- Youth development issues have gained prominence in the policy agendas of countries in Sub-Saharan Africa. The declaration by African leaders of 2009–2018 as the ‘African Youth Decade’ is an important example. However, the focus on employment issues has resulted in a disregard for social indicators.
- The aim of this policy brief is to propose a multidimensional measure of youth development, which may be used as the basis for the design and implementation of policies. The different dimensions of youth development (education, health, living standards and wealth) are underlined, while differences across gender and in the geographical locations of households are also considered.
- The statistics reveal an urgent policy matter. Youth development across the sampled countries is generally low at 0.377. Nigeria and Tanzania hold the highest average index scores at 0.423 and 0.418, respectively, whereas Malawi and Ethiopia hold average index scores of 0.362 and 0.387. Most youth lack access to basic toilet facilities, safe sources of drinking water, good flooring in their homes, and sustainable energy for cooking. Furthermore, most youth are either unemployed, do not have access to credit facilities, do not save, or are deprived of economic resources like land. These outcomes are linked to other socio-economic vices like the reduced contribution of youth to national economic progress, their economic exclusion, and an increase in anti-social activities such as crime, rebel activities and armed conflict. Rising youth engagement in criminal activities in fragile regions like northern Nigeria, Somalia, northern Kenya, and even Liberia and Sierra Leone (during their civil wars) has been traced to feelings of disenfranchisement among youth and rising household poverty.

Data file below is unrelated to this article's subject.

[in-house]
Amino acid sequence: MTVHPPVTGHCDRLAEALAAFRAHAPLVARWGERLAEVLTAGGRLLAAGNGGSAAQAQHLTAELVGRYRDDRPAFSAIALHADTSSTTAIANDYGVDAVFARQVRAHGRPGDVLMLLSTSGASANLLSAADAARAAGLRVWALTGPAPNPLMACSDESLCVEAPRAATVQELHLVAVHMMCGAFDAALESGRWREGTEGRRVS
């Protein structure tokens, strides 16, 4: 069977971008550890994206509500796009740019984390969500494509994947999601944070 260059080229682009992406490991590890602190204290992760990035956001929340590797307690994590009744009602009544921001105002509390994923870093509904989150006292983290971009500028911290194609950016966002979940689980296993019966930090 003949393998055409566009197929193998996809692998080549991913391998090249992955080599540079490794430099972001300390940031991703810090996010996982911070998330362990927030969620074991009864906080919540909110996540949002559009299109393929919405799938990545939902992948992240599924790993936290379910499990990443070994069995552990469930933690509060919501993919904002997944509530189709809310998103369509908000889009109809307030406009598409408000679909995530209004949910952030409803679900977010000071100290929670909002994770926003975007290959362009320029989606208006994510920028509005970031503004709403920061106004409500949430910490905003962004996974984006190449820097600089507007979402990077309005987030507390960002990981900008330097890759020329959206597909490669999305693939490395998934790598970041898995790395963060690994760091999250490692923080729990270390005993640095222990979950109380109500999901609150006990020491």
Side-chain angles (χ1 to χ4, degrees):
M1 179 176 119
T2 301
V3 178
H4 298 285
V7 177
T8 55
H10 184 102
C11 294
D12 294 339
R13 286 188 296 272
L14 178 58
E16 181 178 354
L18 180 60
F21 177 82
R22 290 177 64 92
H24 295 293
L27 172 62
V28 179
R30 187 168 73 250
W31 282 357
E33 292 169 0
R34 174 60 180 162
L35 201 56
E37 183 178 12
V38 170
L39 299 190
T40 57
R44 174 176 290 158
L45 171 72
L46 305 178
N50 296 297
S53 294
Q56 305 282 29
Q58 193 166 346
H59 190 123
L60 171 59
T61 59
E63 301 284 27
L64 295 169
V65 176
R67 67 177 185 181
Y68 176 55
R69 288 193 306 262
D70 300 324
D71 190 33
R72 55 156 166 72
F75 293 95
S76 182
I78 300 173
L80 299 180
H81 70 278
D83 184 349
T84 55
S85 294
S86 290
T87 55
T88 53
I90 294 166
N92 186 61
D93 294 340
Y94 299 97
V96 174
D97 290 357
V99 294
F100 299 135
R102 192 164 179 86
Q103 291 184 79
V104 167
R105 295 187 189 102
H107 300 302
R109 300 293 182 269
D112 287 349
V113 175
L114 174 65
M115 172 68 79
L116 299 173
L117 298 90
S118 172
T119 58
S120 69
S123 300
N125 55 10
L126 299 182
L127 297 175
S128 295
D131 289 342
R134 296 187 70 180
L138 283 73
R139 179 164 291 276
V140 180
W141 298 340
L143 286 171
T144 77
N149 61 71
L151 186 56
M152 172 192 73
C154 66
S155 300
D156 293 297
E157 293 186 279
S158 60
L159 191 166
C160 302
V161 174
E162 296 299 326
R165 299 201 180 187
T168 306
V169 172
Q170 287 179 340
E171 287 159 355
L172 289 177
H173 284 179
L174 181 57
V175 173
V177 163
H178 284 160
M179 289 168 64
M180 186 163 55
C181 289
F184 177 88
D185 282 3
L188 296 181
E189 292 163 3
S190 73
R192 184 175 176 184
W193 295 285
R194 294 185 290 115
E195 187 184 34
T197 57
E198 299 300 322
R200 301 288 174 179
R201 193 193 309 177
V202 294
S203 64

- Targeting household income is a first step towards youth development, because any policy action taken to improve household income is expected to have a spill-over effect on youth development. It is well established that household poverty aggravates poor youth outcomes. However, policies should avoid ‘blanket policy design’ – specific country and household dynamics should be considered.